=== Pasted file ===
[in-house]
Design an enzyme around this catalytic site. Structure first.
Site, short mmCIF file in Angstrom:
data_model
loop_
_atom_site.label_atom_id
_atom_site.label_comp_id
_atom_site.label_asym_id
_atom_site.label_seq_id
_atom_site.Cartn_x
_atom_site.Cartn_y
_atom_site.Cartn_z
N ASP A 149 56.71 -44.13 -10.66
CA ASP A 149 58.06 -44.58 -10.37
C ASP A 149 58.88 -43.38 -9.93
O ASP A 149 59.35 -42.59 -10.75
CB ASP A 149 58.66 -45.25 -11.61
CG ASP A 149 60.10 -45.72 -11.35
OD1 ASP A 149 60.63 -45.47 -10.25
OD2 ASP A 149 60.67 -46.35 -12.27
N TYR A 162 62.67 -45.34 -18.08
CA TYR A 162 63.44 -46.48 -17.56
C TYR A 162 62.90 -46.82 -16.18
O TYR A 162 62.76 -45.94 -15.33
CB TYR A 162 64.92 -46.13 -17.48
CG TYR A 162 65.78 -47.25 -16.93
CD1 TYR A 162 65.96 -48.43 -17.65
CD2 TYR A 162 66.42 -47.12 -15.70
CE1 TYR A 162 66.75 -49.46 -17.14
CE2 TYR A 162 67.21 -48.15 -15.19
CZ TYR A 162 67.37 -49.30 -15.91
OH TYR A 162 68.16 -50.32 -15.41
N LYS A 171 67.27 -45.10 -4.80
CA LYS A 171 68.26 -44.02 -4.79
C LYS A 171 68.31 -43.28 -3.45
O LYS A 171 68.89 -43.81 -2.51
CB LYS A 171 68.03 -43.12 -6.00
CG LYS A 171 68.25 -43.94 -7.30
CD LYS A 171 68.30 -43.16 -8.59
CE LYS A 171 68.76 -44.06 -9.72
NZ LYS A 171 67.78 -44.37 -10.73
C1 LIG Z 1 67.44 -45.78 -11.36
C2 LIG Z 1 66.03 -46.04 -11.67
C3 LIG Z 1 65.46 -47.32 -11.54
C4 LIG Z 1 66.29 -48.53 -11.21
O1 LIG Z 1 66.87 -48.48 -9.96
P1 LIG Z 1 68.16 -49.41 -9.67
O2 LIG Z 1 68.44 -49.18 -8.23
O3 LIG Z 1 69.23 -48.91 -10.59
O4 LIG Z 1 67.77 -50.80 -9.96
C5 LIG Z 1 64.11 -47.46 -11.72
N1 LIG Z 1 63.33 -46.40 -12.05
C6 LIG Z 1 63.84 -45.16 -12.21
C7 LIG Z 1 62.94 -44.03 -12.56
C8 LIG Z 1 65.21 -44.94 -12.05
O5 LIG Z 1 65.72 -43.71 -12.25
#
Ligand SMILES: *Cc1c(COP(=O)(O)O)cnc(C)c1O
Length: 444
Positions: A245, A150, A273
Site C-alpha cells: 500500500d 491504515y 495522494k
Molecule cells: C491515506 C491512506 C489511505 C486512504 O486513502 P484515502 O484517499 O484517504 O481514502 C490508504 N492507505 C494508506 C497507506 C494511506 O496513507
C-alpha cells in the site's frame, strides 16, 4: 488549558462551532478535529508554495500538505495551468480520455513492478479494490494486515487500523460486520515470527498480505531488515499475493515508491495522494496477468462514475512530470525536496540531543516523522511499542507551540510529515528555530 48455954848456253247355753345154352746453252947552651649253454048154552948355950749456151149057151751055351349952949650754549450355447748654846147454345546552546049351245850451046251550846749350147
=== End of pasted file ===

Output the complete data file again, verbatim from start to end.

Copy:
[in-house]
Design an enzyme around this catalytic site. Structure first.
Site, short mmCIF file in Angstrom:
data_model
loop_
_atom_site.label_atom_id
_atom_site.label_comp_id
_atom_site.label_asym_id
_atom_site.label_seq_id
_atom_site.Cartn_x
_atom_site.Cartn_y
_atom_site.Cartn_z
N ASP A 149 56.71 -44.13 -10.66
CA ASP A 149 58.06 -44.58 -10.37
C ASP A 149 58.88 -43.38 -9.93
O ASP A 149 59.35 -42.59 -10.75
CB ASP A 149 58.66 -45.25 -11.61
CG ASP A 149 60.10 -45.72 -11.35
OD1 ASP A 149 60.63 -45.47 -10.25
OD2 ASP A 149 60.67 -46.35 -12.27
N TYR A 162 62.67 -45.34 -18.08
CA TYR A 162 63.44 -46.48 -17.56
C TYR A 162 62.90 -46.82 -16.18
O TYR A 162 62.76 -45.94 -15.33
CB TYR A 162 64.92 -46.13 -17.48
CG TYR A 162 65.78 -47.25 -16.93
CD1 TYR A 162 65.96 -48.43 -17.65
CD2 TYR A 162 66.42 -47.12 -15.70
CE1 TYR A 162 66.75 -49.46 -17.14
CE2 TYR A 162 67.21 -48.15 -15.19
CZ TYR A 162 67.37 -49.30 -15.91
OH TYR A 162 68.16 -50.32 -15.41
N LYS A 171 67.27 -45.10 -4.80
CA LYS A 171 68.26 -44.02 -4.79
C LYS A 171 68.31 -43.28 -3.45
O LYS A 171 68.89 -43.81 -2.51
CB LYS A 171 68.03 -43.12 -6.00
CG LYS A 171 68.25 -43.94 -7.30
CD LYS A 171 68.30 -43.16 -8.59
CE LYS A 171 68.76 -44.06 -9.72
NZ LYS A 171 67.78 -44.37 -10.73
C1 LIG Z 1 67.44 -45.78 -11.36
C2 LIG Z 1 66.03 -46.04 -11.67
C3 LIG Z 1 65.46 -47.32 -11.54
C4 LIG Z 1 66.29 -48.53 -11.21
O1 LIG Z 1 66.87 -48.48 -9.96
P1 LIG Z 1 68.16 -49.41 -9.67
O2 LIG Z 1 68.44 -49.18 -8.23
O3 LIG Z 1 69.23 -48.91 -10.59
O4 LIG Z 1 67.77 -50.80 -9.96
C5 LIG Z 1 64.11 -47.46 -11.72
N1 LIG Z 1 63.33 -46.40 -12.05
C6 LIG Z 1 63.84 -45.16 -12.21
C7 LIG Z 1 62.94 -44.03 -12.56
C8 LIG Z 1 65.21 -44.94 -12.05
O5 LIG Z 1 65.72 -43.71 -12.25
#
Ligand SMILES: *Cc1c(COP(=O)(O)O)cnc(C)c1O
Length: 444
Positions: A245, A150, A273
Site C-alpha cells: 500500500d 491504515y 495522494k
Molecule cells: C491515506 C491512506 C489511505 C486512504 O486513502 P484515502 O484517499 O484517504 O481514502 C490508504 N492507505 C494508506 C497507506 C494511506 O496513507
C-alpha cells in the site's frame, strides 16, 4: 488549558462551532478535529508554495500538505495551468480520455513492478479494490494486515487500523460486520515470527498480505531488515499475493515508491495522494496477468462514475512530470525536496540531543516523522511499542507551540510529515528555530 48455954848456253247355753345154352746453252947552651649253454048154552948355950749456151149057151751055351349952949650754549450355447748654846147454345546552546049351245850451046251550846749350147